We usually suggest that both parents have individual coaching first, to manage individual emotional issues, and then sessions together, to manage partnership issues. We do not take sides – we coach both partners understand, appreciate and accept each other’s perspectives, motivations and goals. Some guidelines are:

1. Respect the other parent

Following separation, parents may stop acting like partners and their only mutual project may be to co-parent their children. Talk to your children about a former partner with respect – and praise whatever can be praised, even if  – or especially if – the other parent is missing, alcoholic, dead or hates you. Each child is 50% of their other parent. If you reject your child’s other parent – you reject half of your child!

2. Love your children

Your children may feel unloved and forgotten during separation and divorce. Express love to them, regardless of whether they are well behaved, have tidy bedrooms or eat their broccoli. (Most children spell LOVE as T-I-M-E)! Ask your children HOW they want to spend their time and what increases their feelings of wellbeing and happiness.

3. Your children need both of you

Many children of divorce feel forced to take sides between Mom and Dad. Sometimes one parent may incite a child to hate the other (Parent Alienation Syndrome or PAS). Instead, repeatedly reassure your children that they do not have to choose one parent as being in any way better than the other.

4. Do not blame children

Immature parents may blame their children for their own lack of parenting skills. If your children come to believe that they caused your marriage to break up, they may try to keep you and your partner together – perhaps by learning disabilities or disease. Explain to your children, repeatedly that your separation is not their fault – and that they cannot bring Mom and Dad back together. See Adopted Children.

5. Fight fair! Fight away from your children

Divorce is an intense time. Avoid fighting anywhere near your children – or any children. Organize a time and place, away from the children, that is convenient for both parents to discuss and resolve conflicts. If a fight erupts, reschedule your meeting.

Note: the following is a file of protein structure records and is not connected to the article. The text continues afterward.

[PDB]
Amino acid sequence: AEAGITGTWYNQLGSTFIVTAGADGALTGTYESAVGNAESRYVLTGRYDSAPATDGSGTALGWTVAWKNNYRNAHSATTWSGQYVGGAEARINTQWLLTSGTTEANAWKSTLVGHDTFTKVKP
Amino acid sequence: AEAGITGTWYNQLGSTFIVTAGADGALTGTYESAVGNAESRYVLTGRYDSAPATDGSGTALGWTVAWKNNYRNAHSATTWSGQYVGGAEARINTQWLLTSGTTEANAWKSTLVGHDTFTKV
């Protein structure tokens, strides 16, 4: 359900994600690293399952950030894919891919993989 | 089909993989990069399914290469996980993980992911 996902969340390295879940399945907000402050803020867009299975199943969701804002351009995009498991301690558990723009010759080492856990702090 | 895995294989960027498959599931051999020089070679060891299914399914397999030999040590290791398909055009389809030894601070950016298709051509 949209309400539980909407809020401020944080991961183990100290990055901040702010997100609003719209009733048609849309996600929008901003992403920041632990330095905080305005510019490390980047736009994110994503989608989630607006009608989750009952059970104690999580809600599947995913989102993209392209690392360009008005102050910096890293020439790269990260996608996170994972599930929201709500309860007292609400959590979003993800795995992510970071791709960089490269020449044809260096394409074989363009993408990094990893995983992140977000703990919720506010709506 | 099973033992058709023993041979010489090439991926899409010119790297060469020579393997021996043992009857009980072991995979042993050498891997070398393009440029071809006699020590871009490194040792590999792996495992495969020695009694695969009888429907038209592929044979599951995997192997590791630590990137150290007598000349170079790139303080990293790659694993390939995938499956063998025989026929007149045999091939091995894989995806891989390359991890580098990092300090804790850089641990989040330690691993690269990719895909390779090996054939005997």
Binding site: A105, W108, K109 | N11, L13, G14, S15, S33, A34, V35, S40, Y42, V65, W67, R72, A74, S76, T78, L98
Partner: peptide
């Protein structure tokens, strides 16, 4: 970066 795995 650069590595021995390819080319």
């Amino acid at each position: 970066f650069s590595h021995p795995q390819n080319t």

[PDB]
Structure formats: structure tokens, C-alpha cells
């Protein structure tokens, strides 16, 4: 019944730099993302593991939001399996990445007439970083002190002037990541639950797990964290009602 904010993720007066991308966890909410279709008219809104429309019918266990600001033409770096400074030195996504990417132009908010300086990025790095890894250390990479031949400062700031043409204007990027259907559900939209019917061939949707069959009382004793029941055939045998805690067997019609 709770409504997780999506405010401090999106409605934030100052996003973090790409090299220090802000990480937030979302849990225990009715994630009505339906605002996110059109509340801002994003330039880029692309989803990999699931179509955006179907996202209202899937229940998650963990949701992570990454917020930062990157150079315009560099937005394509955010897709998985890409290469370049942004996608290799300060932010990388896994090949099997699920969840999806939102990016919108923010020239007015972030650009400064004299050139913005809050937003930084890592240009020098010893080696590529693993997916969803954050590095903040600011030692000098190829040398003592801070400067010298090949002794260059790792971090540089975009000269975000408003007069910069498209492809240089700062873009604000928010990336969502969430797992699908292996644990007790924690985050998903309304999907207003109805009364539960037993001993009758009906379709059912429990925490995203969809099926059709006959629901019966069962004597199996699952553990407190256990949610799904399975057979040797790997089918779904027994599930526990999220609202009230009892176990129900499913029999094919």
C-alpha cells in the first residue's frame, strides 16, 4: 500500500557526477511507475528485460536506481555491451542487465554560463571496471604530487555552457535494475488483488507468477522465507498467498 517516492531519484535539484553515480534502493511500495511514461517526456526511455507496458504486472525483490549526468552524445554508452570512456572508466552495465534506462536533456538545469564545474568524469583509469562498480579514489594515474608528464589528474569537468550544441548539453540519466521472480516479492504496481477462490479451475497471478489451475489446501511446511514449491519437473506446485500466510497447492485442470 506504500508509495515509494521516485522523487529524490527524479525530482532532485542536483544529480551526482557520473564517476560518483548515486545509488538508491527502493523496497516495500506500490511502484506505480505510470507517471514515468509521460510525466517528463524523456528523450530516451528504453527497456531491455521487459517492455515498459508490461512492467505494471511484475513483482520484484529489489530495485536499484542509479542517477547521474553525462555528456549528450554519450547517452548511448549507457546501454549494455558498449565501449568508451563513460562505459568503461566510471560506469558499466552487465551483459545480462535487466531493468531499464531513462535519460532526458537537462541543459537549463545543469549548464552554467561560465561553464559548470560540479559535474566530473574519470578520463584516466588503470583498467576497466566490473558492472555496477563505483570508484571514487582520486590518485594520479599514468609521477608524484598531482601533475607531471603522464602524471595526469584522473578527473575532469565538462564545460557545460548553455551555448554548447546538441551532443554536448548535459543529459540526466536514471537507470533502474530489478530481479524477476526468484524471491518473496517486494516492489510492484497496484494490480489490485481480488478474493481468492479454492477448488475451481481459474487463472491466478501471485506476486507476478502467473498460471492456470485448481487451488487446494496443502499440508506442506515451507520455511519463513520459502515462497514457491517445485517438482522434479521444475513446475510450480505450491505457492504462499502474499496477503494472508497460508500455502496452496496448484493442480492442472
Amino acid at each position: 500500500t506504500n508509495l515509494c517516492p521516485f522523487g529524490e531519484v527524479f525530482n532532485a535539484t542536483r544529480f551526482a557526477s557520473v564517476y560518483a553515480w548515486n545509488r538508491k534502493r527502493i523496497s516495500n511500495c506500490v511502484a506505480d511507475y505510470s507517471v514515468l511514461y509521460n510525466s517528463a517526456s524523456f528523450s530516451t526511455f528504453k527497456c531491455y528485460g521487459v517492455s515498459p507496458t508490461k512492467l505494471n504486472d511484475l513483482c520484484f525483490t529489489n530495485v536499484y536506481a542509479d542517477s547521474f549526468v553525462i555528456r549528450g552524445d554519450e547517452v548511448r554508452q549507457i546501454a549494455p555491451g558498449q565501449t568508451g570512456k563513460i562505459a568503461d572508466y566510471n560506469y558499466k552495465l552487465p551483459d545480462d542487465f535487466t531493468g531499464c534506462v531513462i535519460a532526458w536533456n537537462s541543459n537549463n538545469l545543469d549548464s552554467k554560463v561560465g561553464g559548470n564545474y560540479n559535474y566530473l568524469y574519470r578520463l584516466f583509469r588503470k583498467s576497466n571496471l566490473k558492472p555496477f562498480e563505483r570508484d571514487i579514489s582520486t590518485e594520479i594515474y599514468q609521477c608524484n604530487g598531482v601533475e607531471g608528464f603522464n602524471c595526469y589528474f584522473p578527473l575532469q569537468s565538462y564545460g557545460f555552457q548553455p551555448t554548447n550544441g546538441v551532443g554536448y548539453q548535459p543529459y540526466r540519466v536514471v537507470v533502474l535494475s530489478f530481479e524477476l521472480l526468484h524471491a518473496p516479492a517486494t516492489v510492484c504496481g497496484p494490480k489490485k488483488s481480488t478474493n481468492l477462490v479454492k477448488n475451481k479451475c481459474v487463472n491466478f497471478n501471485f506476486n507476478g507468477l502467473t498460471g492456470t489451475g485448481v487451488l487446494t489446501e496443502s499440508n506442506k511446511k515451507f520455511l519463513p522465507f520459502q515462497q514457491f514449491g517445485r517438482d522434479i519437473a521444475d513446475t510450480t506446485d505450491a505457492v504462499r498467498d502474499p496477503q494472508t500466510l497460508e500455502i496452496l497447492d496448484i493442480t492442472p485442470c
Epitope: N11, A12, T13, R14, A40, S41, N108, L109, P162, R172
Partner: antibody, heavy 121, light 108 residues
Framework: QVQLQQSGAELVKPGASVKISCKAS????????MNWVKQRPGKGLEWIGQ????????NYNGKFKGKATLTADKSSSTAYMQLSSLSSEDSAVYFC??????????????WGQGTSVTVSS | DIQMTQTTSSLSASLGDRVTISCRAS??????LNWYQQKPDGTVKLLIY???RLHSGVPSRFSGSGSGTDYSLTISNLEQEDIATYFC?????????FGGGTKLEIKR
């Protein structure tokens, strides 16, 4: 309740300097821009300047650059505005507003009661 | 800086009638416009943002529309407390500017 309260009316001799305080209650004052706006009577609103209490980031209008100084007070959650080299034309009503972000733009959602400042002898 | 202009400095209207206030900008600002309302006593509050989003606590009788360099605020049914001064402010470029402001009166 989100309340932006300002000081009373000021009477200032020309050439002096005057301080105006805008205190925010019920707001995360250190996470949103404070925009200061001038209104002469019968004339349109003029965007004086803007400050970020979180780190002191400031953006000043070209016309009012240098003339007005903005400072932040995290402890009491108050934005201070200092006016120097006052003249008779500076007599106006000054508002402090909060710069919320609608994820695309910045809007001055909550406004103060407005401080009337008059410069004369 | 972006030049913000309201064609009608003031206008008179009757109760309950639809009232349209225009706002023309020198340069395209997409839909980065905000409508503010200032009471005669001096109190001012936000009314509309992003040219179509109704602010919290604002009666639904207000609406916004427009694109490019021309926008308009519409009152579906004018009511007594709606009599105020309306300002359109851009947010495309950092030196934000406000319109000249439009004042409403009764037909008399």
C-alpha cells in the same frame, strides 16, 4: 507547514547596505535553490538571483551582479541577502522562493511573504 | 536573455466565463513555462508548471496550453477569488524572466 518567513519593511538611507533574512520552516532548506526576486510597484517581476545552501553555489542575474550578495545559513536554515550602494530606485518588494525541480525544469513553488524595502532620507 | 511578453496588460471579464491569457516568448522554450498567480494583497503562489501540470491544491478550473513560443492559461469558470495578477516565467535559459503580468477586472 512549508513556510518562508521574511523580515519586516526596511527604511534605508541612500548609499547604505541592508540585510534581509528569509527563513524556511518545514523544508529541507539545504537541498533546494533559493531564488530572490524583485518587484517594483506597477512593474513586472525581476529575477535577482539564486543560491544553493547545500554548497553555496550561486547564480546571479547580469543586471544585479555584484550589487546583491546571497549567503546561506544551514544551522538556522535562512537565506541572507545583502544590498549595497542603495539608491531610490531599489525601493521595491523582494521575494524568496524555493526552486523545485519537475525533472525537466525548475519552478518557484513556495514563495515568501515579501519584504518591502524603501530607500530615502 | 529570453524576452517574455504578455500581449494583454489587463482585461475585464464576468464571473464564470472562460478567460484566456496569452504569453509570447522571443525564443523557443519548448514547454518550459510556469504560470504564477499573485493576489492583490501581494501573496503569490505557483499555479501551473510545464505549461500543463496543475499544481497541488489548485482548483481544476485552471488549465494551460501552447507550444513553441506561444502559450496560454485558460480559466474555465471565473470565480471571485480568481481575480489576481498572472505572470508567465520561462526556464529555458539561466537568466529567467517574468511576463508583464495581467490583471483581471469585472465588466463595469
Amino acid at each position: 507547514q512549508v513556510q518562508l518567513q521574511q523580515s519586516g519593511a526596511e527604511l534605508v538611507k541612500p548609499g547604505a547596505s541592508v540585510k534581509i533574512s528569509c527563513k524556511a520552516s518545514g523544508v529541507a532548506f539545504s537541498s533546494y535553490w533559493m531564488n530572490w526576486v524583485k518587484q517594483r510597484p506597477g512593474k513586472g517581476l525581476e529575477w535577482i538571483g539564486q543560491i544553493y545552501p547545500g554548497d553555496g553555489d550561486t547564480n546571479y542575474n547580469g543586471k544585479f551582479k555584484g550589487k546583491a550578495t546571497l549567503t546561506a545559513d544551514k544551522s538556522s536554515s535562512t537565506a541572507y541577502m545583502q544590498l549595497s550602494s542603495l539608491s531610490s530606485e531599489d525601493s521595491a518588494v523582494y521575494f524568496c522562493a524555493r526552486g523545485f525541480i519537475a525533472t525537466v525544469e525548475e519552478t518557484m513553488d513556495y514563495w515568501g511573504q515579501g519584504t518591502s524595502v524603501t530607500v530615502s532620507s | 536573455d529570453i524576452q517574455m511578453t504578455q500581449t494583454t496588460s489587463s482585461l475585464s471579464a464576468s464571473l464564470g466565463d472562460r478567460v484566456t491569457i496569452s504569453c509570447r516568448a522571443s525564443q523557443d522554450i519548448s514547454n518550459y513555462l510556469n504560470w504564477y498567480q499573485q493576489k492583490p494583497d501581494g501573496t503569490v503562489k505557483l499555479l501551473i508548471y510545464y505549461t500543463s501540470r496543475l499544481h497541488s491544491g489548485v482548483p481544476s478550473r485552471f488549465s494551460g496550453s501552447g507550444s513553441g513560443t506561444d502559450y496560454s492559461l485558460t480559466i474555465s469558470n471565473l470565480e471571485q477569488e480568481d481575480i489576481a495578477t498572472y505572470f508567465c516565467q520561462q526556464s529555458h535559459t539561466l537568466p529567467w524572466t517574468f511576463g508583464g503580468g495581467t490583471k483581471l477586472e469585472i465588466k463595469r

6. Minimize change

Although divorce will create many changes for your children, continuity is important. Make your children’s environment as familiar as possible, including their favorite things, photographs, toys, blankets, etc. Create home in each place that your children stay.

7. Encourage meetings

Discuss how your children can have maximum benefit and happiness when they are with the other parent. Avoid asking children to deliver messages, to spy for you or to  obtain information from an ex-partner.

8. Get mature support

Divorce is a difficult time for everybody. Parents need mature emotional support from family, friends, relationship coaches, clergy, etc. Avoid asking your children to support or guide you – or the other parent. Guide and support your children.

9. Talk about feelings

During stressful times your children may may misbehave, they may act much younger or they may try to grow up quickly and act overly mature. Ask your children how they feel, and what they think or imagine is going on. Help your children express THEIR negative emotions. Please don’t complain to them about your feelings!

10. Remain mature

Avoid asking children – even teenagers and young adults – for advice about your partnership, or about financial, custody or legal issues. Reassure your children that your decisions are for their best interest. Assure older children that although final decisions will be made by their parents, that their opinions are important and will be considered.

Contact us to solve relationship problems and negative emotions.
We also help new partners co-parent and merge their blended families.